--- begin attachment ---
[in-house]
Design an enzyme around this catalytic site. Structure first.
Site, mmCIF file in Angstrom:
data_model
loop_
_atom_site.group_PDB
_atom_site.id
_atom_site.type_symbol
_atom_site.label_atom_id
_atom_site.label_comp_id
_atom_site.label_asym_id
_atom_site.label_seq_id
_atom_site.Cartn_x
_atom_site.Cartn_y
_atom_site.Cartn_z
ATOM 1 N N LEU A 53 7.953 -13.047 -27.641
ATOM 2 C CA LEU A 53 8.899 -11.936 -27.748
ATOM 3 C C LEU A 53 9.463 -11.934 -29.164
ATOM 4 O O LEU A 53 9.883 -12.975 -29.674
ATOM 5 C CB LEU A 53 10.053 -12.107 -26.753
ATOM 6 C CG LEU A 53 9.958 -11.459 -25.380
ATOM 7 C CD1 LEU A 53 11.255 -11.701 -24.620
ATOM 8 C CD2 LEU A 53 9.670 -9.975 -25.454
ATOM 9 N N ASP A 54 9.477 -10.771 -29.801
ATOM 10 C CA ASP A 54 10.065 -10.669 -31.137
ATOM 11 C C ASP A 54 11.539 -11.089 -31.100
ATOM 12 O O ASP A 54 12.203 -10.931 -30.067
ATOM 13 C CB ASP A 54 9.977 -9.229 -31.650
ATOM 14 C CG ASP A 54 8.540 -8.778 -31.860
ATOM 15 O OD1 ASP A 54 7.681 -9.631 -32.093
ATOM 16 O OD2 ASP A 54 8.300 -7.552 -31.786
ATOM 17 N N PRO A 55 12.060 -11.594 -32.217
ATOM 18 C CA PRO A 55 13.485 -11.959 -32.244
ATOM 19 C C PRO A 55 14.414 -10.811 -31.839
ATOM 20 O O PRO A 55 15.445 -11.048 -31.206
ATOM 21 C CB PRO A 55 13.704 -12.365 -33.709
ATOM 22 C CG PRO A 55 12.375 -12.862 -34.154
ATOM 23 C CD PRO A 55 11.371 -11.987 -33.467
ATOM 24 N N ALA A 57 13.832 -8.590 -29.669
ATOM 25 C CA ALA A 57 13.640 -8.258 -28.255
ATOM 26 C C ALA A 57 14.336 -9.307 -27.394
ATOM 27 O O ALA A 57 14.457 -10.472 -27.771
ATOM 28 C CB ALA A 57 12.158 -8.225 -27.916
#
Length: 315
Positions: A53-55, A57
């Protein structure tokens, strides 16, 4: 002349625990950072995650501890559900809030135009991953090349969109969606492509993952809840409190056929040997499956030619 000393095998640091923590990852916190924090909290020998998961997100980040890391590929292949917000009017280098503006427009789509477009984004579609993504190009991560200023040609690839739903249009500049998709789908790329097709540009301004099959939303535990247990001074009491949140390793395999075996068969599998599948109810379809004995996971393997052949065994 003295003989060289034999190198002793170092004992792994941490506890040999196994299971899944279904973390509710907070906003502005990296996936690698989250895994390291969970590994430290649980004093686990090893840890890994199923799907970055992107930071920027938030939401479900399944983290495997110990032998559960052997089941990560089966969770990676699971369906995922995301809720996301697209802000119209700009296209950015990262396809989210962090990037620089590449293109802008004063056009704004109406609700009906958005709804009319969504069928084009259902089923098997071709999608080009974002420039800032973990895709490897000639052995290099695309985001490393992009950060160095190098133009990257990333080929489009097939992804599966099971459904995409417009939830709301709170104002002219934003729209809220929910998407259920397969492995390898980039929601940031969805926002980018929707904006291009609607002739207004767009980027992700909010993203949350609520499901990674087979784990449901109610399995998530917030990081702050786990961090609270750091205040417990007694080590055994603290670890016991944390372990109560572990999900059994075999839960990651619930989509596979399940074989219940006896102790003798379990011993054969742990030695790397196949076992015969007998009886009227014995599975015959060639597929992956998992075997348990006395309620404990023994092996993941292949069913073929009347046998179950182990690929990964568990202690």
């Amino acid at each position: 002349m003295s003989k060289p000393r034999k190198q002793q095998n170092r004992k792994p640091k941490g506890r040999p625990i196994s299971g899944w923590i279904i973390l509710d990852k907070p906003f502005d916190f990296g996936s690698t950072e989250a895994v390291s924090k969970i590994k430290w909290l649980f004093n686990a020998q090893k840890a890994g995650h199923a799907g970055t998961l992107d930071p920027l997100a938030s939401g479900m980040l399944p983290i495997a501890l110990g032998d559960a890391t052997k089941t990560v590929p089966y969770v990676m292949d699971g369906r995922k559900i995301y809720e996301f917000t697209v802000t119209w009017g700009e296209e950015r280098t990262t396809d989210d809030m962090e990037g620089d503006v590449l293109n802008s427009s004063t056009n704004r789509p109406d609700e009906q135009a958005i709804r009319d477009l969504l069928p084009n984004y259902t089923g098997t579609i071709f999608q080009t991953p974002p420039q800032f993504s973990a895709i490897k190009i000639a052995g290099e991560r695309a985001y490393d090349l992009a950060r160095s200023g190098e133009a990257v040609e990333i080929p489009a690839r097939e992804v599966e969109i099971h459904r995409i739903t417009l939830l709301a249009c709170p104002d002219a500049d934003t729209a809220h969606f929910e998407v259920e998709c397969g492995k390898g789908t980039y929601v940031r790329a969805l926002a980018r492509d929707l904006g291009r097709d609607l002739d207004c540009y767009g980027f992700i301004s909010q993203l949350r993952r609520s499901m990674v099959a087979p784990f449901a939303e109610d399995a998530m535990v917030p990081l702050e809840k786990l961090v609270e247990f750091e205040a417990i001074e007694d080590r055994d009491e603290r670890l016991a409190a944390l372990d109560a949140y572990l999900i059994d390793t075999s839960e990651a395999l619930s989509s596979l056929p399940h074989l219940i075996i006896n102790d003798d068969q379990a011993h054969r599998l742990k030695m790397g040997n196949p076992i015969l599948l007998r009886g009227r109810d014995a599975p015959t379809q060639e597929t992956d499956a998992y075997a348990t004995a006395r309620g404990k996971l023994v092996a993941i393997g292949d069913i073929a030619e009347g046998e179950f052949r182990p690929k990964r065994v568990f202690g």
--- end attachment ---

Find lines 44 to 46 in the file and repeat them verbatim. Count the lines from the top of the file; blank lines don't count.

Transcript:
#
Length: 315
Positions: A53-55, A57